TECH: STL / Heaps, etc. (was: [MUD-Dev] TECH DGN: a few mud server design questions (long))
sean at hoth.ffwd.cx
Thu Aug 2 16:10:48 New Zealand Standard Time 2001
On Thu, Aug 02, 2001 at 10:50:21AM -0500, Eli Stevens wrote:
> ----- Original Message -----
> From: "Caliban Tiresias Darklock" <caliban at darklock.com>
>> On Tue, 31 Jul 2001 13:46:09 +0100, "Adam Martin"
>> <ya_hoo_com at yahoo.com> wrote:
>>> A heap would be faster, but AFAICS they both have the desired (
>>> log(n) ) time complexity - a heap just has a lower constant
>>> factor (and isn't in the standard libraries. Yet).
>> But there are so many easily available implementations...
> *cough*STL*cough* Ahem. Excuse me.
I believe JCL already mentioned std::priority_queue as the STL
method of addressing this need. The threading thread inspired me to
do a bit of research and I ran across a windows-specific means of
scheduling: CreateTimerQueue and its bretheren. Turns out you can
specify that a callback function be executed at a pre-specified
time. I expect that it would be more efficient than any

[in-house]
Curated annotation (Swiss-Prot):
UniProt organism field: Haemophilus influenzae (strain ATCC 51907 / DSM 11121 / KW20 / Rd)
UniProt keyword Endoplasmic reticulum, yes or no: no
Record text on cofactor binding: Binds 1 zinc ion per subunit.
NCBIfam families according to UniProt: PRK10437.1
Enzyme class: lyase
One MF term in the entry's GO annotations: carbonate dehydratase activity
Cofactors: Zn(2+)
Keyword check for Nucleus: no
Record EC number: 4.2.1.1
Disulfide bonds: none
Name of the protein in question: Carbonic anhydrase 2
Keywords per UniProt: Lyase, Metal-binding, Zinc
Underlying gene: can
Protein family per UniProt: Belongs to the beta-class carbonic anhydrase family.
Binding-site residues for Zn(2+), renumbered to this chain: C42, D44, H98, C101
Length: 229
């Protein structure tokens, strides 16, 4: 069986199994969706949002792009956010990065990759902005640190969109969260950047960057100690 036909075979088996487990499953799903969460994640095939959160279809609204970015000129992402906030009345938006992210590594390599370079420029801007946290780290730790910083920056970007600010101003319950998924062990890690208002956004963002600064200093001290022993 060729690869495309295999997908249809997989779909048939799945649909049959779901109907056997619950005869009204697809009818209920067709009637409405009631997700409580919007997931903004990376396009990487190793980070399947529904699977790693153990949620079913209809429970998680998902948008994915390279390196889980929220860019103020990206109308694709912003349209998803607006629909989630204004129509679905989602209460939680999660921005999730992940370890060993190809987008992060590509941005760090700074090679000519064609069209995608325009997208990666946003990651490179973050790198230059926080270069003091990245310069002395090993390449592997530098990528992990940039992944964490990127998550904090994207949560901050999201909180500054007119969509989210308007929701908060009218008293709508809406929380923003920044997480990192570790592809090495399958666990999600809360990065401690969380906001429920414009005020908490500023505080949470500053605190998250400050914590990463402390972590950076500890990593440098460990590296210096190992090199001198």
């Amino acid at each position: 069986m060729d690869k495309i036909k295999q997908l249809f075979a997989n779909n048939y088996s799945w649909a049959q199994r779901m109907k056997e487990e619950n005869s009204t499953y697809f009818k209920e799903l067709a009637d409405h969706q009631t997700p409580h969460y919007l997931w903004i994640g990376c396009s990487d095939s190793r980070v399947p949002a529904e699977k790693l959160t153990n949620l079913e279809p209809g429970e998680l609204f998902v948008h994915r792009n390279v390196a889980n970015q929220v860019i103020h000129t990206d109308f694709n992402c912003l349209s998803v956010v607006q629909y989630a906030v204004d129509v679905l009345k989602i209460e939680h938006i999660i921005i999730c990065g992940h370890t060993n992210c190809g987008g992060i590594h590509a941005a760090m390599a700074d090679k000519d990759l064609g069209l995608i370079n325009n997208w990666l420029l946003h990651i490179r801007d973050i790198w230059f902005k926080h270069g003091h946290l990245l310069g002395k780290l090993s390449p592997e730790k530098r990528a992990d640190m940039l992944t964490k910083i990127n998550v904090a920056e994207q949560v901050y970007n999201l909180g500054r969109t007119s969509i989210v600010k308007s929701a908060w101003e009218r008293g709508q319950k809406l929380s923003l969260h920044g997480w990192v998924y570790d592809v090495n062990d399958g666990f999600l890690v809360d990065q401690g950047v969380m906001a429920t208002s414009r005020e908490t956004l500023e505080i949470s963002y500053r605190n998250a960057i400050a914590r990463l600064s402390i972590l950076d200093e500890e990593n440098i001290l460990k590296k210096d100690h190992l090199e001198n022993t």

priority-queue mechanism, provided you're running a windows system.
> everything looks like a nail :). I think the STL is a Good Thing,
> but my practical/real world experience is limited. Are there
> problems with the STL lurking under the surface?
Not with its design, though some older implementations may have
subtle problems of their own.
> One aspect that concerned me was that while it specifies the
> complexity of a given operation, you don't have any control over
> the coefficients involved. Would it be a bad idea to rely on it
> too much?
Actually (if this is what you mean), STL containers all have to mean
complexity gurantees, based on operation. For example, ransom
access in a vector must be O(1), insertions O(n) at worst, list
insertions O(1), etc.
The outstanding issues with the STL and C++ in general are
sufficiently esoteric that the average programmer won't encounter
them. One that came up recently is that there's no direct
conversion between a const_iterator and a plain iterator, requiring
an O(n) operation in order to be portable, and that operations that
allow iterators should also allow cost_iterators (since what you
really want is for the container to be const, not its contents).
See the comp.lang.c++ usenet groups for detailed discussion of C++
and the STL.
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